December 22, 2019: Let us Sing – HOPE

Fourth Sunday of Advent

Isaiah 9: 6

Matthew 2: 1-12

Reverend Bill Green

The last verse of the carol Silent Night invites us to lift our voices in alleluia’s to the one who is our “King.” It sounds so sweet and nice. It doesn’t feel counter cultural. We would never think of it as a cry of rebellion, but it was, as we will see. To call Jesus a king was a radical thing for the people of Jesus’ time to do because it implied that Caesar was not their king. Singing “alleluia’s to our King” continues to be a call for us to ask, “Where do we put absolute allegiance?” By our words and actions, “Who or what are we saying is King?”

To unpack this just a little more, the idea of how calling Jesus “King” was a challenging and revolutionary statement, we need to understand what was being said about Caesar Augustus, who was emperor when Jesus was born. Rome said that because of Caesar the world was experiencing “Pax Romana” or Roman Peace. Caesar Augustus had issued in an era of “peace” after a long time of civil war and violence in the Roman Empire. He was, in fact, called “The Prince of Peace!” And yes you are right in thinking that the use of this term by the Gospel writers when heralding Jesus’ birth is pretty much an “in-your-face-Caesar,” you would be right. Also Caesar was considered to have a divine nature. After his death the Roman senate proclaimed him to be a god. Because of this divine nature Caesar was also called “lord of all.” His successor, Tiberius, built temples to the now divine Augustus all over the empire. It was a way to solidify the power of the Caesars. With this understanding of how people talked about Caesar Augustus and the emperors who followed, you begin to understand how talking about Jesus as King, and Lord of Lords, and Prince of Peace was revolutionary. It was a call, then as now, to say that his words, his message is more important than any laws or pronouncements of the Roman government! Even to this day, we struggle with where allegiance to country ends and allegiance to God begins. We are still called to be revolutionaries and sometimes say no to the laws and pronouncements of our elected leaders.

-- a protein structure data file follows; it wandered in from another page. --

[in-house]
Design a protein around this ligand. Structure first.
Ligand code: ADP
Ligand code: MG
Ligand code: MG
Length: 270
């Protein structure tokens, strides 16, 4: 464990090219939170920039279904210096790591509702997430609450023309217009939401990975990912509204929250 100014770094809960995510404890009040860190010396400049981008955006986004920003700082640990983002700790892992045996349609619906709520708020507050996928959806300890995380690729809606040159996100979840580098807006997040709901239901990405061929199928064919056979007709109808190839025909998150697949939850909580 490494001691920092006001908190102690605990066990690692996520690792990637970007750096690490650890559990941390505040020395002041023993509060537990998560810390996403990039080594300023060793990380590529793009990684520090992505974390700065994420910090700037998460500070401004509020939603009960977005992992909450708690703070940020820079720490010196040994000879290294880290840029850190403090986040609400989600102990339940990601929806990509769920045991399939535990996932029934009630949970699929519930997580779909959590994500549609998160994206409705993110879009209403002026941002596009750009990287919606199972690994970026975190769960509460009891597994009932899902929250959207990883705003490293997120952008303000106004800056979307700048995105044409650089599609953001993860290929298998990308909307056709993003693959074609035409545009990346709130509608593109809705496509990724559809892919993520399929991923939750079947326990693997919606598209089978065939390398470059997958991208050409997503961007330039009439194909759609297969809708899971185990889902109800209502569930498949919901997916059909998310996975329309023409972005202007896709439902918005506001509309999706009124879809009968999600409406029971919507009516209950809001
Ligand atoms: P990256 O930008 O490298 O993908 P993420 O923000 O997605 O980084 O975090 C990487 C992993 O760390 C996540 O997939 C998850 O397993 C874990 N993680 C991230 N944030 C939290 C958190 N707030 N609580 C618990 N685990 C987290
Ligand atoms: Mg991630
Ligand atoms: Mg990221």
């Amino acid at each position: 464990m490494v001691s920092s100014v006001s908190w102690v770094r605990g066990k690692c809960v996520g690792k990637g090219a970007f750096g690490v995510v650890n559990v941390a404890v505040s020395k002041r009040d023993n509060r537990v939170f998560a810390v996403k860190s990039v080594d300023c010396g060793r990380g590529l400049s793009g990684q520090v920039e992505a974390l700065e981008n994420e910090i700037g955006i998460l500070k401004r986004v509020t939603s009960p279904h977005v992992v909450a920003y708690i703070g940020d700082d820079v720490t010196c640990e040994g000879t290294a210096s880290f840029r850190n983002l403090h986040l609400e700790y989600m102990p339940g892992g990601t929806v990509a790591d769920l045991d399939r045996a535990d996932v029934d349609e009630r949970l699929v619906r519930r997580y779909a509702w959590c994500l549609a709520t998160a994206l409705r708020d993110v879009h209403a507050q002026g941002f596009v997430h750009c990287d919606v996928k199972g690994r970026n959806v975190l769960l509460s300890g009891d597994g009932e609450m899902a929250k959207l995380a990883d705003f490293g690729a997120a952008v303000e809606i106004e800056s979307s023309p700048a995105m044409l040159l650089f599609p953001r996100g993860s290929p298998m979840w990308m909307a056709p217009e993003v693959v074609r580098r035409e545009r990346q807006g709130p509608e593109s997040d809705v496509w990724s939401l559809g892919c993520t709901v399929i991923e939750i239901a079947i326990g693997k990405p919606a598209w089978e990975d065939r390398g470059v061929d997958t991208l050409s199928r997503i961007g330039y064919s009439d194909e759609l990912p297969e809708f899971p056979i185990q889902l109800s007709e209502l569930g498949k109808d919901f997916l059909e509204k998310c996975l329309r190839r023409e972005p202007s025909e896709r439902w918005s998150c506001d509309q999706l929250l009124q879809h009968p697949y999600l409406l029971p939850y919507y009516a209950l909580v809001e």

Another thing to understand is that this time of progress and peace, that also led to Rome building an extensive system of roads along with other building projects, was made possible because of Rome’s subjugation of large numbers of people. It was a time of dictatorship, tyranny and totalitarian rule. “Prosperity” and “peace” were only for the few. Pax Romana could perhaps be called an ancient media spin! It is in this context that Mary sings the Magnificat. This is what we call the hymn she sang after learning she was to bear the Messiah. Her song addresses the political context of her day straight on–“the powerful will be brought down from their thrones.” Revolutionary themes are seeded throughout the birth narrative.

For those not considered the elite few, the hope of liberation would have been discussed in terms of God sending a savior and king to overthrow Caesar’s reign of fear and oppression. People would be looking for “signs” of change. The birth of a child in a “nowhere” town to a couple of so-so reputation (after all, she was pregnant and before being married, which made her really low on the radar of power) would not have been the sign they were looking for.

This birth should have gone pretty much unnoticed and yet becomes a sign of trouble to Caesar and a sign of hope to the oppressed as the story unfolded over the years. The ones who “let the cat out of the bag” were in the business of “signs” and “wonders.” They were astrologers, considered a science at the time, who paid attention to these things. Astrology not only notices the stars and planetary bodies, but assigns meaning to them. A “sign” was something to pay attention to because it was a form of guidance in the quest for truth and knowledge about the future. The star that appeared was so significant that they traveled to investigate it. And when they approached Herod, agent of Caesar, the Gospel of Matthew described their question this way, “Where is the newborn King of the Jews?” Uh. Oh. The word…. king. It made Herod afraid. Tyranny only works when you have all the power over a people. Tyrants are afraid of losing power. They stay vigilant to ward off threats to that power. When power becomes a god, you fear losing it. When you reign by fear, you live by fear. Now he hears that one has been born that might challenge him. He does all that he can, from lying to the astrologers to ordering the massacre of children, to try to eradicate this threat.